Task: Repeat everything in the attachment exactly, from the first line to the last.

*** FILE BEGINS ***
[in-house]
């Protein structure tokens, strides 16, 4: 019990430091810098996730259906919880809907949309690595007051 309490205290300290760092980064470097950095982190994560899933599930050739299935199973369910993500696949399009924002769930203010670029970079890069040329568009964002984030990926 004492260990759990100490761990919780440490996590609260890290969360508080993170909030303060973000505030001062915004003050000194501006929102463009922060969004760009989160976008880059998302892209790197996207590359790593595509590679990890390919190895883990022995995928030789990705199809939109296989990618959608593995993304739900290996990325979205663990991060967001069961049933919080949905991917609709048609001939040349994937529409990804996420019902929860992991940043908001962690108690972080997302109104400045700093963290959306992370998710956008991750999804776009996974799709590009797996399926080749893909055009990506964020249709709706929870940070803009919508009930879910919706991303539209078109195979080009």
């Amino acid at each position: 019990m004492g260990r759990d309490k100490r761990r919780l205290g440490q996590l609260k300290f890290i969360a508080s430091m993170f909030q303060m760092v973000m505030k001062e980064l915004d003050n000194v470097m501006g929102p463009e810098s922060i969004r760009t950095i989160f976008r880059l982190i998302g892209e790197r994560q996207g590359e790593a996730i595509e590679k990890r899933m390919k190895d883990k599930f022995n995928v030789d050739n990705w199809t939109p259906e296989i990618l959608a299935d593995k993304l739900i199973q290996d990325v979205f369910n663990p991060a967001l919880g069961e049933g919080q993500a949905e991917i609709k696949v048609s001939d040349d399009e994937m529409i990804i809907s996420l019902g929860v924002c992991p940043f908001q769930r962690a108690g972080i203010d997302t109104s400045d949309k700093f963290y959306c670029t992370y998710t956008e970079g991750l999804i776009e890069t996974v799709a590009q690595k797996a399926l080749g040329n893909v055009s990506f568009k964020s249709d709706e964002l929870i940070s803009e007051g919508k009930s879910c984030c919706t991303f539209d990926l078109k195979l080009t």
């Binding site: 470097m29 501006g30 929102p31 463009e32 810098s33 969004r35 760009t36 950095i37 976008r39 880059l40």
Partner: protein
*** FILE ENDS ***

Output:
[in-house]
């Protein structure tokens, strides 16, 4: 019990430091810098996730259906919880809907949309690595007051 309490205290300290760092980064470097950095982190994560899933599930050739299935199973369910993500696949399009924002769930203010670029970079890069040329568009964002984030990926 004492260990759990100490761990919780440490996590609260890290969360508080993170909030303060973000505030001062915004003050000194501006929102463009922060969004760009989160976008880059998302892209790197996207590359790593595509590679990890390919190895883990022995995928030789990705199809939109296989990618959608593995993304739900290996990325979205663990991060967001069961049933919080949905991917609709048609001939040349994937529409990804996420019902929860992991940043908001962690108690972080997302109104400045700093963290959306992370998710956008991750999804776009996974799709590009797996399926080749893909055009990506964020249709709706929870940070803009919508009930879910919706991303539209078109195979080009």
């Amino acid at each position: 019990m004492g260990r759990d309490k100490r761990r919780l205290g440490q996590l609260k300290f890290i969360a508080s430091m993170f909030q303060m760092v973000m505030k001062e980064l915004d003050n000194v470097m501006g929102p463009e810098s922060i969004r760009t950095i989160f976008r880059l982190i998302g892209e790197r994560q996207g590359e790593a996730i595509e590679k990890r899933m390919k190895d883990k599930f022995n995928v030789d050739n990705w199809t939109p259906e296989i990618l959608a299935d593995k993304l739900i199973q290996d990325v979205f369910n663990p991060a967001l919880g069961e049933g919080q993500a949905e991917i609709k696949v048609s001939d040349d399009e994937m529409i990804i809907s996420l019902g929860v924002c992991p940043f908001q769930r962690a108690g972080i203010d997302t109104s400045d949309k700093f963290y959306c670029t992370y998710t956008e970079g991750l999804i776009e890069t996974v799709a590009q690595k797996a399926l080749g040329n893909v055009s990506f568009k964020s249709d709706e964002l929870i940070s803009e007051g919508k009930s879910c984030c919706t991303f539209d990926l078109k195979l080009t």
């Binding site: 470097m29 501006g30 929102p31 463009e32 810098s33 969004r35 760009t36 950095i37 976008r39 880059l40």
Partner: protein